Why should media relations matter now? Well, Zimbabwe is now open for business, meaning that the new government is throwing its doors wide open to competition from abroad. The time for resting on our laurels and being content with providing inferior products, shoddy service and forgettable customer experience are over.
We recently hosted Okoth Obado, a Kenyan PR expert with Redhouse Public Relations, who shared with us the experience of coming out of an extended period of crisis. Granted that the economic environment, and the political one in its wake, had become very toxic for doing business.
Obado, described the situation more succinctly as the effect of autocratic leadership. An experience that has become all too familiar in most African countries. During such periods, he said, complacency and lack of competitiveness set in.
Businesses became more inward looking because the external environment no longer mattered. The government led the assault on global capital by attacking its institutions whenever and wherever ears could hear. They blamed everything from sanctions to opposition ‘traitors.’
Business latched onto this cue where, according to Obado, and innovation became relegated to the back-burner. Those organisations with good political connections thrived because of protectionism and cronyism. Corruption became the norm rather than the exception.
Because of heightened political competition and activity, less focus was placed on key socio-economic issues. Meaning that organisations became so contemptuous of scrutiny and literally shrugged of complaints of bad service. Others still, abused their near monopoly to dash any hopes or redress to their errant behaviour and continue to do so.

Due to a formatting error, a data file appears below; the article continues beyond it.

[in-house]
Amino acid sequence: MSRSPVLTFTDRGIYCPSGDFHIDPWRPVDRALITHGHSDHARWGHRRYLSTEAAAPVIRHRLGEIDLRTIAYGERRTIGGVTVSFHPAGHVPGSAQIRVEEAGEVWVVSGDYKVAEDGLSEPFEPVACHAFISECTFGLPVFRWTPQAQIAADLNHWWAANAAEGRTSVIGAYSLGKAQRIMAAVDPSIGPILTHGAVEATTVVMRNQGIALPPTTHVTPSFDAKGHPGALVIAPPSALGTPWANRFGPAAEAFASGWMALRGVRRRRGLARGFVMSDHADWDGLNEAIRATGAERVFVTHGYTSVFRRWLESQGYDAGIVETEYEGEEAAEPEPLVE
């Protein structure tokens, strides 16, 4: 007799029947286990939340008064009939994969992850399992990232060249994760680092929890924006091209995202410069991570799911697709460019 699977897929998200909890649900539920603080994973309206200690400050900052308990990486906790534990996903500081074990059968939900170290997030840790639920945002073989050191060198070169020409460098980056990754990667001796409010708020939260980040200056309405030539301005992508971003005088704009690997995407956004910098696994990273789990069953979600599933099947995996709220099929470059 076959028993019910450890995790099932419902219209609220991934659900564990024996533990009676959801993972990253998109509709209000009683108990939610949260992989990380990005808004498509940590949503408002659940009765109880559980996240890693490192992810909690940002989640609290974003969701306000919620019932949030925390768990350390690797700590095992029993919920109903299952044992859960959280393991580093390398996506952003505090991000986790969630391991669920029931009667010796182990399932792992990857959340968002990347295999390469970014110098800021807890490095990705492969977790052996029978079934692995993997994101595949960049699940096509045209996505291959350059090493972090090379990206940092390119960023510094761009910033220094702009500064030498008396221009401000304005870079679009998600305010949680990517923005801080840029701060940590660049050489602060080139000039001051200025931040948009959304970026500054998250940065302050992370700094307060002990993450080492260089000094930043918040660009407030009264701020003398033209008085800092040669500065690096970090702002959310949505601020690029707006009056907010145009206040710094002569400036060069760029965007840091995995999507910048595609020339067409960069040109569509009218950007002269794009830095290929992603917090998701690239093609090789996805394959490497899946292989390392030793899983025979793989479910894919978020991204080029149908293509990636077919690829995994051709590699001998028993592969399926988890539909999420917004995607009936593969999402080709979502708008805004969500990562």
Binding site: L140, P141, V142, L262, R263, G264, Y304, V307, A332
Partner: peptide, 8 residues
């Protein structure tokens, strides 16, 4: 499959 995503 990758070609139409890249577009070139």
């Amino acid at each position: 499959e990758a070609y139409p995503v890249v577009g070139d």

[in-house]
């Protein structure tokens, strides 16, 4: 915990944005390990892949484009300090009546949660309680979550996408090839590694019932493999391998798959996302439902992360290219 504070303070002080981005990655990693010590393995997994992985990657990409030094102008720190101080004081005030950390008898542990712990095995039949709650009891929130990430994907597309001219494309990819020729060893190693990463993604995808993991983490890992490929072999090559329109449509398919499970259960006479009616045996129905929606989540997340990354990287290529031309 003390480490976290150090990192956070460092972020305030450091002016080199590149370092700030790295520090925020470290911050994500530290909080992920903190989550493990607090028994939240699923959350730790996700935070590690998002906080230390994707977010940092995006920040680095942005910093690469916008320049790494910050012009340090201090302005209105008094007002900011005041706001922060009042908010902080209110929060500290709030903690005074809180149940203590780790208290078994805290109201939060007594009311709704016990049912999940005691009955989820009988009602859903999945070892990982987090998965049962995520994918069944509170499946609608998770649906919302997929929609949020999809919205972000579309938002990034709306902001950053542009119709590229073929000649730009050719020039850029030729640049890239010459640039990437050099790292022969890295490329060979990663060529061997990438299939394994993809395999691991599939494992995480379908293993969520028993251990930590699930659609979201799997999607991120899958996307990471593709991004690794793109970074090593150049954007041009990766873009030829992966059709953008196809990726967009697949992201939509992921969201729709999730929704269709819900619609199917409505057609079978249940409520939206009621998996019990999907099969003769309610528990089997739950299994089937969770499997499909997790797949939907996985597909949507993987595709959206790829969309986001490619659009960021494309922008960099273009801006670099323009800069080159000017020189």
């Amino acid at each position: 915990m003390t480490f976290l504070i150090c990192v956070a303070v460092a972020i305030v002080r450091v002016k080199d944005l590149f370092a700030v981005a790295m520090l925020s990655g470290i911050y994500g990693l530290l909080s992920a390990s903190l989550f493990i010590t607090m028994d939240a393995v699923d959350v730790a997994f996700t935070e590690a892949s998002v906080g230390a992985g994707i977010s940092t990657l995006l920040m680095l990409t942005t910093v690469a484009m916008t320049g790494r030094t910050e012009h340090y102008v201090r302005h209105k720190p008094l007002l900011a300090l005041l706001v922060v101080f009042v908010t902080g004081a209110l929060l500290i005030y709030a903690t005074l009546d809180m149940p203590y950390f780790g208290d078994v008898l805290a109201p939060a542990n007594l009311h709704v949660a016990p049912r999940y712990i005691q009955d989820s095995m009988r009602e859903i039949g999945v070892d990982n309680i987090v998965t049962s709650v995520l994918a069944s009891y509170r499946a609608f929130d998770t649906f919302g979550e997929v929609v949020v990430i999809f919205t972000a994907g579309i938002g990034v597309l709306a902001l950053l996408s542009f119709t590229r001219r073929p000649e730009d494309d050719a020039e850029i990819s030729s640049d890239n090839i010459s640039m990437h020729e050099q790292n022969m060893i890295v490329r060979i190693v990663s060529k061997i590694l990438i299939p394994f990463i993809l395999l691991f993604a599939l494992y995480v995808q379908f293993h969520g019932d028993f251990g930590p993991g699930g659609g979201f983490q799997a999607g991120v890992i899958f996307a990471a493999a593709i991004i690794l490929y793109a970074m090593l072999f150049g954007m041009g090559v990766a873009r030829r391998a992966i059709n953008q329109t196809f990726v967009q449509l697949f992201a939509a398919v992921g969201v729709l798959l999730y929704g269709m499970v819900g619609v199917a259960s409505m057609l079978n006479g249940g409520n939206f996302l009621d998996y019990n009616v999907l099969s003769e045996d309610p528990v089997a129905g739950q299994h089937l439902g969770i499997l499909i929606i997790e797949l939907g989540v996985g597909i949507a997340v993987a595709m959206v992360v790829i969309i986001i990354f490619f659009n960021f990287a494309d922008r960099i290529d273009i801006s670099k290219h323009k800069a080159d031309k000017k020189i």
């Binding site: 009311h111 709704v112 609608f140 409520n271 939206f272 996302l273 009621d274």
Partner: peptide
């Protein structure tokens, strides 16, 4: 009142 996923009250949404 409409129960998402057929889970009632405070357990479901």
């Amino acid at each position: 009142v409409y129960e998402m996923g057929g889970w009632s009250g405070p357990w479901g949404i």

That negative corporate attitude has woven a sense of resentment around the entire public psyche, Obado observed. The negative narrative has, as a result, influenced how we are seen and regarded as a country and a people. A culture of celebrating mediocrity thrives unabated.
So why should media relations matter in all this? Obado says that because memories are fragile, brands are substitutable. But the customer with long lasting memories remains king.
The media offers many platforms where businesses can push a new and positive narrative in Zimbabwe. It makes business sense to make the media your allies in doing this. To see the need to employ PR expertise not only to pick your way around a crowded landscape, and to understand how it works.
The media remains part of a potent strategy to push your products and services in an increasingly competitive environment. Importantly, it also gives you the ability to be able to endure public scrutiny and be accountable to your promise and value proposition.